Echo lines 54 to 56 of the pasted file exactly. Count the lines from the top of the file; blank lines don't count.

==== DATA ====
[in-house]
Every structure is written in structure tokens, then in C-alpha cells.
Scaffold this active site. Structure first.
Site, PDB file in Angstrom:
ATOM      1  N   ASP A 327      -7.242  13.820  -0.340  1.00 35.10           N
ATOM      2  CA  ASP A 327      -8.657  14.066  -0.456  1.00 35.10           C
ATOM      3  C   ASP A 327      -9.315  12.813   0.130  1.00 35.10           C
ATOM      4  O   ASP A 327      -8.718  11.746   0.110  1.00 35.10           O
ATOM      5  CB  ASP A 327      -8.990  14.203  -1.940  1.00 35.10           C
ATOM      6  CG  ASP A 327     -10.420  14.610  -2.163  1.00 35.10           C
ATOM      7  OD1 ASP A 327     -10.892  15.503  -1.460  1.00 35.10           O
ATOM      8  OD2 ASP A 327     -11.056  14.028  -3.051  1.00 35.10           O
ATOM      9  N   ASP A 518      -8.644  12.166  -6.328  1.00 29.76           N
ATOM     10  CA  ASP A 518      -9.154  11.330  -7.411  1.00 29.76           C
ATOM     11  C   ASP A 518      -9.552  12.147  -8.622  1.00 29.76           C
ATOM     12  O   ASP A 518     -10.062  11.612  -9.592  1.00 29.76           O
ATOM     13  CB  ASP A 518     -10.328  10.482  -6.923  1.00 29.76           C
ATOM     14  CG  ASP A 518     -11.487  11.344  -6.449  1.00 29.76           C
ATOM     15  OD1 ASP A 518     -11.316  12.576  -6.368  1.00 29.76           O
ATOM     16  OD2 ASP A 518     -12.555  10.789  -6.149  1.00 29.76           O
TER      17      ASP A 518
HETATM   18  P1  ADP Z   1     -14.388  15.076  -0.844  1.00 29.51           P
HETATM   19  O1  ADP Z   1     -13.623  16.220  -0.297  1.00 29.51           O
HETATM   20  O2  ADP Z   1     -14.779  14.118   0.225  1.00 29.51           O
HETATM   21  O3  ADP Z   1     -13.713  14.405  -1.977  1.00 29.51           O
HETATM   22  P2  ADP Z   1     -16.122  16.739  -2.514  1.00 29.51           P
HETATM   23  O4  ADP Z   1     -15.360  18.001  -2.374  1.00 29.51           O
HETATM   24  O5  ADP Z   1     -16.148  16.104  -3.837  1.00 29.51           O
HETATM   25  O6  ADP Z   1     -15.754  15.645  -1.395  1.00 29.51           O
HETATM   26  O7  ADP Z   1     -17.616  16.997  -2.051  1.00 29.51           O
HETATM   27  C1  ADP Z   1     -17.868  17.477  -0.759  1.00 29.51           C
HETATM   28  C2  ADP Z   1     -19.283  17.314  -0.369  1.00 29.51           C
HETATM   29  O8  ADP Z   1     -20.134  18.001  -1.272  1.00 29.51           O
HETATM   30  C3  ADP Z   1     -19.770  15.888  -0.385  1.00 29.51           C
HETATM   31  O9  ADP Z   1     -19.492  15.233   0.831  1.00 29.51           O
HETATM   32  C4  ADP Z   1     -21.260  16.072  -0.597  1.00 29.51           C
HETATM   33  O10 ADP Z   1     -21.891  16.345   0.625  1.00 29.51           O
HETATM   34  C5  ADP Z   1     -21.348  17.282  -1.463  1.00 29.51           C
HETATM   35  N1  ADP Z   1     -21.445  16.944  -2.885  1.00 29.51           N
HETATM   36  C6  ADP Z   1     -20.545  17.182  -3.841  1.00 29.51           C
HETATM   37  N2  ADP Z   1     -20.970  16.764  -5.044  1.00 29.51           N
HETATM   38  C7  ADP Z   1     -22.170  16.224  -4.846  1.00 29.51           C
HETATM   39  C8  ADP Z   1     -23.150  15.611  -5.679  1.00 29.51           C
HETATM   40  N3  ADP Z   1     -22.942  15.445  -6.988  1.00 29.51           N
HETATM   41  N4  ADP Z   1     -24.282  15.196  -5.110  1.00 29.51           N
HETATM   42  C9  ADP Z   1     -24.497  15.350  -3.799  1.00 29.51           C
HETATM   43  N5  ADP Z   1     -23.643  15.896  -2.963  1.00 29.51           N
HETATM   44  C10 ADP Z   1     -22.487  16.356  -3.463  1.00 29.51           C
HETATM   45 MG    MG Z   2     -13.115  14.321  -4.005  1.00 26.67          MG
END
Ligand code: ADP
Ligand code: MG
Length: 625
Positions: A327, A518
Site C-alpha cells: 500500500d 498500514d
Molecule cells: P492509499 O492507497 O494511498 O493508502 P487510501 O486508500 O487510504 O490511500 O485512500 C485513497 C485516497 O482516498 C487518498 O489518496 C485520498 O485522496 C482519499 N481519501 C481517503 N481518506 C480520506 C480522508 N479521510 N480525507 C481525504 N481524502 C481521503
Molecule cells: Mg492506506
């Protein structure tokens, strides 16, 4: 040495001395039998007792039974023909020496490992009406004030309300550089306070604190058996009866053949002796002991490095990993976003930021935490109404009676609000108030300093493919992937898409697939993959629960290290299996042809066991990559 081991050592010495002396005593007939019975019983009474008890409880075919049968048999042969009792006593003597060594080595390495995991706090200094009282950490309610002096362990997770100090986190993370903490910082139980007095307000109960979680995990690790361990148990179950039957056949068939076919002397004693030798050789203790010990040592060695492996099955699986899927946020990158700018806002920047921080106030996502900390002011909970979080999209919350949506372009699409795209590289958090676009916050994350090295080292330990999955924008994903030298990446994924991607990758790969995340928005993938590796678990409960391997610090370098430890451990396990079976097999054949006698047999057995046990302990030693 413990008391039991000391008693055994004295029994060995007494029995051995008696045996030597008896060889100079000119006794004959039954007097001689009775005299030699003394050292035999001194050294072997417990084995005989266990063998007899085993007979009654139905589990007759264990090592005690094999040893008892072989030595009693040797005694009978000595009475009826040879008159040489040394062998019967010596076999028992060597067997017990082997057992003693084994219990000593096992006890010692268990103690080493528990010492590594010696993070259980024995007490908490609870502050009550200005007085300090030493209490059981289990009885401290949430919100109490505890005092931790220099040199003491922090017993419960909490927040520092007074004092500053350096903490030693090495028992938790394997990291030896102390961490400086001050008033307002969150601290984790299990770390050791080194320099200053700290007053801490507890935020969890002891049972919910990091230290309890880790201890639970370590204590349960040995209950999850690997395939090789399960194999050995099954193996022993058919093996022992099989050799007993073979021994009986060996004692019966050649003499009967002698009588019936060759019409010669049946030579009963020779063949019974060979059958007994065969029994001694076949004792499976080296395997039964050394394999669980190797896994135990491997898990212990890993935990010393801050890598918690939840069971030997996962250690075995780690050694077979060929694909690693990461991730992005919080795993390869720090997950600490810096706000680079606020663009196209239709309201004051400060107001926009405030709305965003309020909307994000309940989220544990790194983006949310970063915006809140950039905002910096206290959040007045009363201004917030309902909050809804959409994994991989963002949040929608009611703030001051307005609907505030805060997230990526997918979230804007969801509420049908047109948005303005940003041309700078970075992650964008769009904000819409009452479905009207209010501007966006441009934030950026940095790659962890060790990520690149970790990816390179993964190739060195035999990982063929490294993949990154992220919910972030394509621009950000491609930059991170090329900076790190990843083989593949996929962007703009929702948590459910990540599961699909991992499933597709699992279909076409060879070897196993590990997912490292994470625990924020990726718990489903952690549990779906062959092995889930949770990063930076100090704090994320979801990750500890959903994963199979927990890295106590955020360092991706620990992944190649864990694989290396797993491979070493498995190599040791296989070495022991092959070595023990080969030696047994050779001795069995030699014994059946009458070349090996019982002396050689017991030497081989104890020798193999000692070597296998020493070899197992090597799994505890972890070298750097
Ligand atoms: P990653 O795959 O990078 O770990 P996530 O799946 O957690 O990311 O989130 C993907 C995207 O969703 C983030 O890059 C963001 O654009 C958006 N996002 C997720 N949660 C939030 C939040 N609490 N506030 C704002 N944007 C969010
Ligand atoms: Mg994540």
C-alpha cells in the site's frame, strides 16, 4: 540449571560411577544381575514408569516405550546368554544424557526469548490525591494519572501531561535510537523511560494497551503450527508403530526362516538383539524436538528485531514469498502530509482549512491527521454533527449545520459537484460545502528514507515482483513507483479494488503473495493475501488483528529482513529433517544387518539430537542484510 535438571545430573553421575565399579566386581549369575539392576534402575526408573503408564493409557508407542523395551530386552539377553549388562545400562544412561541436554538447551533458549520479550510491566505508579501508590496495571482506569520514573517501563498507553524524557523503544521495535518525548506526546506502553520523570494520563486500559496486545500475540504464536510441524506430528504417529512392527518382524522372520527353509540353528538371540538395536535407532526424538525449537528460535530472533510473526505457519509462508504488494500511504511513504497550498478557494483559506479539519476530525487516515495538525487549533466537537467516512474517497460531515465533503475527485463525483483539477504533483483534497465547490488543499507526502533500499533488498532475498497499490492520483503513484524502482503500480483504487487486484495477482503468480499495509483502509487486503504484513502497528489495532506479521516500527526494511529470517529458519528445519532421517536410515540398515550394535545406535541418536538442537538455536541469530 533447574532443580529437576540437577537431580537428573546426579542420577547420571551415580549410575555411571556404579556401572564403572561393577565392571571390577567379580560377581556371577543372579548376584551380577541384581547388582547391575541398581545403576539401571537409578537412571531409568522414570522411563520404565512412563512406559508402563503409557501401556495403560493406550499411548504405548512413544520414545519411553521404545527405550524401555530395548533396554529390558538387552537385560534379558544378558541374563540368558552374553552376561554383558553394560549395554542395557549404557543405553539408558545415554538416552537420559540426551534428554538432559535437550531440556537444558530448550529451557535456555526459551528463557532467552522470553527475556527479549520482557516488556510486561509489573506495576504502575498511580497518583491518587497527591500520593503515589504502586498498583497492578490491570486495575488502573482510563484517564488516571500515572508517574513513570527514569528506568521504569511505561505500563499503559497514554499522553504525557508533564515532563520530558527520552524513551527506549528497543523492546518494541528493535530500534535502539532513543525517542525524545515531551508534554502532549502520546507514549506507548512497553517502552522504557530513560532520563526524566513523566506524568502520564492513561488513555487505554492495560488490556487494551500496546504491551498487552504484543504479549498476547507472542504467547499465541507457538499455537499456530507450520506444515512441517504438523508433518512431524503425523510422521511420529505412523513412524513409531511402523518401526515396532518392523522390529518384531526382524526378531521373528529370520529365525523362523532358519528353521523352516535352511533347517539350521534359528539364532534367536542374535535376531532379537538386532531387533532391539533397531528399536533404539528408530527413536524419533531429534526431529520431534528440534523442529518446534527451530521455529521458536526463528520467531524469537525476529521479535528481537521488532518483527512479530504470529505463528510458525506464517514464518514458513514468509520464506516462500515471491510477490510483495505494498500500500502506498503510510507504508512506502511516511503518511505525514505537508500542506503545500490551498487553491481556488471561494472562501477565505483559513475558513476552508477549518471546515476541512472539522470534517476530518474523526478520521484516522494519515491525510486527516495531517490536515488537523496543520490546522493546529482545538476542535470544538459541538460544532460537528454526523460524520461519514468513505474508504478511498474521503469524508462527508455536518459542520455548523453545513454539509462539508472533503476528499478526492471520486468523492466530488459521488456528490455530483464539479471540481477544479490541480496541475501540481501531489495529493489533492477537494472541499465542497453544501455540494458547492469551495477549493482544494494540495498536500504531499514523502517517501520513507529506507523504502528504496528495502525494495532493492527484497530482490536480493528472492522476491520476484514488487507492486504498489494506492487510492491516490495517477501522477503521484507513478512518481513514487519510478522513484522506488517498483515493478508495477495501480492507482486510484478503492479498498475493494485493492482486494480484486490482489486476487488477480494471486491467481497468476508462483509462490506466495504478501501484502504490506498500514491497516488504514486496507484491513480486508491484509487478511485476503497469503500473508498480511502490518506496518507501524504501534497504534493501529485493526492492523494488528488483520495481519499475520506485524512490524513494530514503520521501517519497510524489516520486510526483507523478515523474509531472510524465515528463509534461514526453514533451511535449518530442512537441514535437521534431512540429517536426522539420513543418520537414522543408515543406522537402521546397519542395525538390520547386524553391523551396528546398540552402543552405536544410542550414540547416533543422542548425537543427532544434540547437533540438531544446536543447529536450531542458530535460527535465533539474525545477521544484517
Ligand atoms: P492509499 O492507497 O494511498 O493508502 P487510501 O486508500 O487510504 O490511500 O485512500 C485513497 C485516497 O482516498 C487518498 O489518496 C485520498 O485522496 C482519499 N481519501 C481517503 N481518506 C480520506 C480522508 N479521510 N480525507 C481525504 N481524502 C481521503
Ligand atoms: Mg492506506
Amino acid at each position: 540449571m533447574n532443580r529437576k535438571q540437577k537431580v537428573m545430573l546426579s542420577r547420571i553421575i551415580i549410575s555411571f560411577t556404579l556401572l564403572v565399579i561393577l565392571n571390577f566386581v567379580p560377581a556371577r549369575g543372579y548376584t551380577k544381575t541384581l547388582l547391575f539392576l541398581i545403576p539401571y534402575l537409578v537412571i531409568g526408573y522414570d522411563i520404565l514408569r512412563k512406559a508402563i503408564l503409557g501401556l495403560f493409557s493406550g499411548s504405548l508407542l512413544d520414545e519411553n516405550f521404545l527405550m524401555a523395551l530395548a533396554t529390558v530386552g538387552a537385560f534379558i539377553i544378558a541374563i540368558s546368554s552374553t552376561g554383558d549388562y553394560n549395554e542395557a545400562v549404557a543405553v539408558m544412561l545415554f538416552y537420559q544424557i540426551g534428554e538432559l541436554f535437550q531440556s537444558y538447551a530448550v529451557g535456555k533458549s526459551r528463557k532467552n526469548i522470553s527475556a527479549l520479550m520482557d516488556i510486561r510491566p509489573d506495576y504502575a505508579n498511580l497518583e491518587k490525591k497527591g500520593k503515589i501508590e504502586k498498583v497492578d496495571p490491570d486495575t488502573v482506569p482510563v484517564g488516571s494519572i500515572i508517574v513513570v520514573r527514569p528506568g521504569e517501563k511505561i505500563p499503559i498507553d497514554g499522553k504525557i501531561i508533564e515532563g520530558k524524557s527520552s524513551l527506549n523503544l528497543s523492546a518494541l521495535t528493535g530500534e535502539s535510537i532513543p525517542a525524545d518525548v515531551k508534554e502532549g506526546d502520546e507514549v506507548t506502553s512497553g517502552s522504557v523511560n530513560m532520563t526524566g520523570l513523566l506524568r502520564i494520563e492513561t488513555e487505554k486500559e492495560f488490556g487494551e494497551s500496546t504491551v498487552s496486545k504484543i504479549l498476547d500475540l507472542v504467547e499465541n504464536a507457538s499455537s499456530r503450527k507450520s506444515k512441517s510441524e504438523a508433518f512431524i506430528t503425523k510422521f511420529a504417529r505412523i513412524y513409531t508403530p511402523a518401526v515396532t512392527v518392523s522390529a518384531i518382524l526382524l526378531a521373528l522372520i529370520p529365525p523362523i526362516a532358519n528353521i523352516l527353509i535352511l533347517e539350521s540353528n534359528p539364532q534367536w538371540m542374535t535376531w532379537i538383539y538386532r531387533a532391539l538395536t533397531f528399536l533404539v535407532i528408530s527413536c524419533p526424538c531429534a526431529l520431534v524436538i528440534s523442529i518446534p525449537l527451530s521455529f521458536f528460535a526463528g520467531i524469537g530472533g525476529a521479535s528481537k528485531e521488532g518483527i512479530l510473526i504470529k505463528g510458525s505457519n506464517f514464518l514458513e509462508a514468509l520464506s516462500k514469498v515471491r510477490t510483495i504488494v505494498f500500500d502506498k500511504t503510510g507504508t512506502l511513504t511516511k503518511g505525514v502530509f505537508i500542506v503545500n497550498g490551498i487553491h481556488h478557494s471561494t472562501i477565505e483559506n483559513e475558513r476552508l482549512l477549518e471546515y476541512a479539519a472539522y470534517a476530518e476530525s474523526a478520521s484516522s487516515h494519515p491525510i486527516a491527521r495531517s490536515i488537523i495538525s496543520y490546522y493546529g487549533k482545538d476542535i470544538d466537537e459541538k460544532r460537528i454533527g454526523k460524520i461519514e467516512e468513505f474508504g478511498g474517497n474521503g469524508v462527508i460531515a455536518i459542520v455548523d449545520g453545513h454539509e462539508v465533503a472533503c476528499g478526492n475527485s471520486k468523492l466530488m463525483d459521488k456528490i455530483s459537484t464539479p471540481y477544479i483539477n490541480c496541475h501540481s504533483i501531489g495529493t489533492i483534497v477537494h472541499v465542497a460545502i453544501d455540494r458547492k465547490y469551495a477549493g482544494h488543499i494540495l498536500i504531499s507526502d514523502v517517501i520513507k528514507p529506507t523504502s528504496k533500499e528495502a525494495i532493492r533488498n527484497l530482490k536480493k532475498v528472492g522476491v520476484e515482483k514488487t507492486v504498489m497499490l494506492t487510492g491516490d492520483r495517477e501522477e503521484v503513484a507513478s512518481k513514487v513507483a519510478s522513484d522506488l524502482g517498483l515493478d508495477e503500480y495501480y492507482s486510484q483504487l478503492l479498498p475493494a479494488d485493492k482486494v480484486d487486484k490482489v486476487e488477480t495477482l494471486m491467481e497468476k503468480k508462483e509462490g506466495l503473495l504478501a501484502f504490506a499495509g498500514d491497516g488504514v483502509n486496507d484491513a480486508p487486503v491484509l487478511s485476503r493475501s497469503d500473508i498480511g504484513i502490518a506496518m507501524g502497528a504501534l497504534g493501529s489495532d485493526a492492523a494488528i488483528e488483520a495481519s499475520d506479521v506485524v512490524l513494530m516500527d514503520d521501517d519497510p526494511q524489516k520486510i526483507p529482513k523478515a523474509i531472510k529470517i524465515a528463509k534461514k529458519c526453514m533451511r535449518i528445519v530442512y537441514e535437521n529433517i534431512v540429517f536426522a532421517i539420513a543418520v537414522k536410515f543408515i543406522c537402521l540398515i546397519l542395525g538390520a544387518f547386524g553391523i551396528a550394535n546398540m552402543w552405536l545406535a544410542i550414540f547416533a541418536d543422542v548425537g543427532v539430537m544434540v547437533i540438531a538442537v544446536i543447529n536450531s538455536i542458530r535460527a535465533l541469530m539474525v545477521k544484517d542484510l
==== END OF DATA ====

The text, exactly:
Positions: A327, A518
Site C-alpha cells: 500500500d 498500514d
Molecule cells: P492509499 O492507497 O494511498 O493508502 P487510501 O486508500 O487510504 O490511500 O485512500 C485513497 C485516497 O482516498 C487518498 O489518496 C485520498 O485522496 C482519499 N481519501 C481517503 N481518506 C480520506 C480522508 N479521510 N480525507 C481525504 N481524502 C481521503